- Rated: PG-13
- Closed captioning available
- Run Time: 1 hours, 50 minutes
- Video: Color
- Released: June 5, 2001
- Originally Released: 1995
- Label: MGM (Video & DVD)
- Encoding: Region 1 (USA & Canada)
- Packaging: Keep Case
- Aspect Ratio: Anamorphic Widescreen - 1.85
- Aspect Ratio: Letterbox - 1.85
- Dolby Digital Stereo - English
- Additional Release Material:
- Trailers: Original Theatrical Trailer
Performers, Cast and Crew:
Cannes 1995 -
Best Actress: Helen Mirren
Premiere - 02/01/1995
"...[Hawthorne] has a blast....Mirren is marvelous....But the real treat is Everett..."
Rolling Stone - 01/26/1995
"...Comedy and tragedy cohere in this extraordinary film....The thrill of Hawthorne's astounding performance is not something you want to miss..."
New York Times - 12/28/1994
"...There's much to admire in [Hytner's] splendid screen adaptation....A deft, mischievous, beautifully acted historical drama with exceptionally broad appeal..."
Entertainment Weekly - 01/20/1995
"...[Hawthorne] makes a dignified and affecting monarch....The humor [is] built into this sharp-witted human comedy..." -- Rating: B+
Sight and Sound - 04/01/1995
"...Brisk, confident direction....It manages the rare feat of being both cinematic and theatrical..."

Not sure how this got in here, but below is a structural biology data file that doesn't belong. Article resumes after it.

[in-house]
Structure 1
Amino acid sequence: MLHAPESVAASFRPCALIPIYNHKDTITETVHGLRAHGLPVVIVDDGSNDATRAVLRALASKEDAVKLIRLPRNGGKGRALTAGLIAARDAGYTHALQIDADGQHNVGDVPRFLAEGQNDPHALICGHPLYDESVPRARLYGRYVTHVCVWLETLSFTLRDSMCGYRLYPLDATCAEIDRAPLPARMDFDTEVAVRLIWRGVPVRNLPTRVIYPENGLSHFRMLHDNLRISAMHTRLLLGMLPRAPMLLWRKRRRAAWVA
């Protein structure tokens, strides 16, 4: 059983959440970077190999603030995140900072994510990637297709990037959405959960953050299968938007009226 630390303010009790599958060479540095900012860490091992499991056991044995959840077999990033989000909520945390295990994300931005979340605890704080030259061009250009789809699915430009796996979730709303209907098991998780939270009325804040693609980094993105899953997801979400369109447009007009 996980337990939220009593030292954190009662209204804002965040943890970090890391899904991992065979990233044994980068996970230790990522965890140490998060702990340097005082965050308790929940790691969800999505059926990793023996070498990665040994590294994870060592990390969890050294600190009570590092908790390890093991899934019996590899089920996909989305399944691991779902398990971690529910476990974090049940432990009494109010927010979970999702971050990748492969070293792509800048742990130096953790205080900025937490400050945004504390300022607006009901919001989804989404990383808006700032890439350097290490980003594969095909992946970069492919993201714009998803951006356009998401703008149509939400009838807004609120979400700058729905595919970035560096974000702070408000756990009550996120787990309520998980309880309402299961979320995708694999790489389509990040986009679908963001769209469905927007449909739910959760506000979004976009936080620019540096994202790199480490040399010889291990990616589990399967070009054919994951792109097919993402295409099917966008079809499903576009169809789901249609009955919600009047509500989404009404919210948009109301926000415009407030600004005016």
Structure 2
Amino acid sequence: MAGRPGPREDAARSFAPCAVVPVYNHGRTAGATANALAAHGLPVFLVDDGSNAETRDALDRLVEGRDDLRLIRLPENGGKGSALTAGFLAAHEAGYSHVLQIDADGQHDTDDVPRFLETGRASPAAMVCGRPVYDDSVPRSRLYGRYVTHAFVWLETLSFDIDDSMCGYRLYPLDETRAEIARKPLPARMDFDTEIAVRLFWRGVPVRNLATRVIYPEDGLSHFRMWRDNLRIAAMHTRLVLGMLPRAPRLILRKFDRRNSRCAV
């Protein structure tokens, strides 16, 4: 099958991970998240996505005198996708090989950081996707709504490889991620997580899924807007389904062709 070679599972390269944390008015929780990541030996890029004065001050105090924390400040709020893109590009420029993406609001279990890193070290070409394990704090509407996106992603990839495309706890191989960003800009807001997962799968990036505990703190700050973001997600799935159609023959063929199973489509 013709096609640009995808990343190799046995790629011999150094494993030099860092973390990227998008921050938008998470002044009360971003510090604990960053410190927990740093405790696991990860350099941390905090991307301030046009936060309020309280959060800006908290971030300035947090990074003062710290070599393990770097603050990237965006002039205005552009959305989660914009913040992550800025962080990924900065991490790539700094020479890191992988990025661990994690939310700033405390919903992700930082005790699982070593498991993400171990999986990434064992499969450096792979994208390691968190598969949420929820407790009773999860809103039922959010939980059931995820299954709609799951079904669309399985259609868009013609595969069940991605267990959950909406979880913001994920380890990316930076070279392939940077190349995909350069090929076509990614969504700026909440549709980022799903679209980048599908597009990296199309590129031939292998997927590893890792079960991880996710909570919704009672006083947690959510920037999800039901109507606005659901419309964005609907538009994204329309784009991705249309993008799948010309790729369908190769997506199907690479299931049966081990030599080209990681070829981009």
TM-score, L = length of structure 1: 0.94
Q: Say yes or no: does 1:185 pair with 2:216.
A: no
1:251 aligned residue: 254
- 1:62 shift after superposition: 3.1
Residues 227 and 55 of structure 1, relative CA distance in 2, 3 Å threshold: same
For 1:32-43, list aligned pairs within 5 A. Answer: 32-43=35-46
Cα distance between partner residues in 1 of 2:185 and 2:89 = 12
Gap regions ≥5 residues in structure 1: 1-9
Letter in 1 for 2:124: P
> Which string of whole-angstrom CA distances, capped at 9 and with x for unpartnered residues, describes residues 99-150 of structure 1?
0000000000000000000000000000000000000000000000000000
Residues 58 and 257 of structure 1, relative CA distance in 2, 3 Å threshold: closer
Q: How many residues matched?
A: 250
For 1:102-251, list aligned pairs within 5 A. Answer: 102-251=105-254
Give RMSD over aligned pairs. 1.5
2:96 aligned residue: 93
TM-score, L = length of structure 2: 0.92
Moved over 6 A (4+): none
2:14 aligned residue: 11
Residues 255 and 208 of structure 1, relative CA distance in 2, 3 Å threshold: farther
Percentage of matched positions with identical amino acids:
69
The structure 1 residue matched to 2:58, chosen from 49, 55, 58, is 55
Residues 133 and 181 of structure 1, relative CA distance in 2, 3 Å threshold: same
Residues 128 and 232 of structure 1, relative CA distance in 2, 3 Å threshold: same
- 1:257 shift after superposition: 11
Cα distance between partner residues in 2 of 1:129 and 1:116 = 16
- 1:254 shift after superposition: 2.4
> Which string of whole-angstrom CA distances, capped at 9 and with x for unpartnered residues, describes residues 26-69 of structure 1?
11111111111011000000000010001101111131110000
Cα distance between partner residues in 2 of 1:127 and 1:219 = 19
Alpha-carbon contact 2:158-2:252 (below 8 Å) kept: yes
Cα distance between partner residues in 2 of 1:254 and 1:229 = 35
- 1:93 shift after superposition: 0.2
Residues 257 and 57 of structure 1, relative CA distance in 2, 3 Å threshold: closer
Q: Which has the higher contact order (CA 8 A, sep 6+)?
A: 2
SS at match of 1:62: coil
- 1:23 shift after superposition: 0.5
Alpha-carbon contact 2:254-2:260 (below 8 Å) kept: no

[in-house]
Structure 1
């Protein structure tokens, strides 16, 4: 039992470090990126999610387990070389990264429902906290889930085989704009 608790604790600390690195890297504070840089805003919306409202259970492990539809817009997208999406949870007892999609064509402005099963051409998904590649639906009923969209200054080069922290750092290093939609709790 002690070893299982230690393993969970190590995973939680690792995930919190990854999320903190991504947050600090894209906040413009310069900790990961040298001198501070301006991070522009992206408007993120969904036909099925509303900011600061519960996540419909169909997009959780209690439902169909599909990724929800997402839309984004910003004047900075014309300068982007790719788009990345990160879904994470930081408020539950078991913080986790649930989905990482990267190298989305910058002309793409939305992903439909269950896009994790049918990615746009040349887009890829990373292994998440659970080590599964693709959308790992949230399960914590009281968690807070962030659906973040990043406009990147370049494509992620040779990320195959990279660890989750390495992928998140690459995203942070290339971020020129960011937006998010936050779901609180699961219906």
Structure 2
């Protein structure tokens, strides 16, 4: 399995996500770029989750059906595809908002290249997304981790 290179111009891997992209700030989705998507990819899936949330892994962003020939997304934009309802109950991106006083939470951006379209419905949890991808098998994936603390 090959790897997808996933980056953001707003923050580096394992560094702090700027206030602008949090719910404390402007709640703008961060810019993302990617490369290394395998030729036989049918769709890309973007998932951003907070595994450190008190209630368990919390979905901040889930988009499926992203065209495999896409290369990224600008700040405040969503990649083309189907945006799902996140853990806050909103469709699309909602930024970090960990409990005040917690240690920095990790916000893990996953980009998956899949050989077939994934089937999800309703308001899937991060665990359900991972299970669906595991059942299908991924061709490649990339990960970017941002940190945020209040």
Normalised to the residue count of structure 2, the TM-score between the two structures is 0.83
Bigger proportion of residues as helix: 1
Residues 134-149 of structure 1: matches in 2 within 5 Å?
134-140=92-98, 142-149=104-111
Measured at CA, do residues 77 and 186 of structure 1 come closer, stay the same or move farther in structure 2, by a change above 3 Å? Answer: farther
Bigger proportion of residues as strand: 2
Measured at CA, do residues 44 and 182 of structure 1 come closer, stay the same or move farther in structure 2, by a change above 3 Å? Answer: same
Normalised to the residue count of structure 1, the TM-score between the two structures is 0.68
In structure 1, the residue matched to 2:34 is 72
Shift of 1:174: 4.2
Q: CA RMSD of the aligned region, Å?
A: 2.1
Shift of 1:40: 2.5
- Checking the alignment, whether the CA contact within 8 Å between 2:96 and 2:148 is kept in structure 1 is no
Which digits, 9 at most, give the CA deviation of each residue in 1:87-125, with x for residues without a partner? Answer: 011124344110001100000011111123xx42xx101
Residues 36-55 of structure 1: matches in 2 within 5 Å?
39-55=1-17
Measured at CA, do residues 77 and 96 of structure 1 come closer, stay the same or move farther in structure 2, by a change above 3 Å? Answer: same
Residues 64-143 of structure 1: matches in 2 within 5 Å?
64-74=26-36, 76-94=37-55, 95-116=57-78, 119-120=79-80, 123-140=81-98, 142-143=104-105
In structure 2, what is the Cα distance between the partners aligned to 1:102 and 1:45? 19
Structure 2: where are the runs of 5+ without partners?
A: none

Los Angeles Times - 12/28/1994
"...Potent, engrossing and even thrilling to experience....THE MADNESS OF KING GEORGE keeps us amused, surprised and delighted..."
Chicago Sun-Times - 01/27/1995
"...Bennett's play, and the direction by Nicholas Hytner, are more lighthearted than analytical, and the performance by Nigel Hawthorne as the ailing king is barbed and yet lovable..."
This is the true story of King George III, the British monarch credited with losing the American colonies--and who lost his sanity shortly thereafter. Academy Award Nominations: 4, including Best Actor--Nigel Hawthorne, Best Supporting Actress--Helen Mirren and Best (Adapted) Screenplay. Academy Award: Best Art Direction.
Mental Illness |
Period Piece |
Theatrical Release |
- An intertitle at the film's conclusion explains that King George may have suffered from a hereditary metabolic disorder known as porphyria, which produces chemical changes in the body and dementialike symptoms.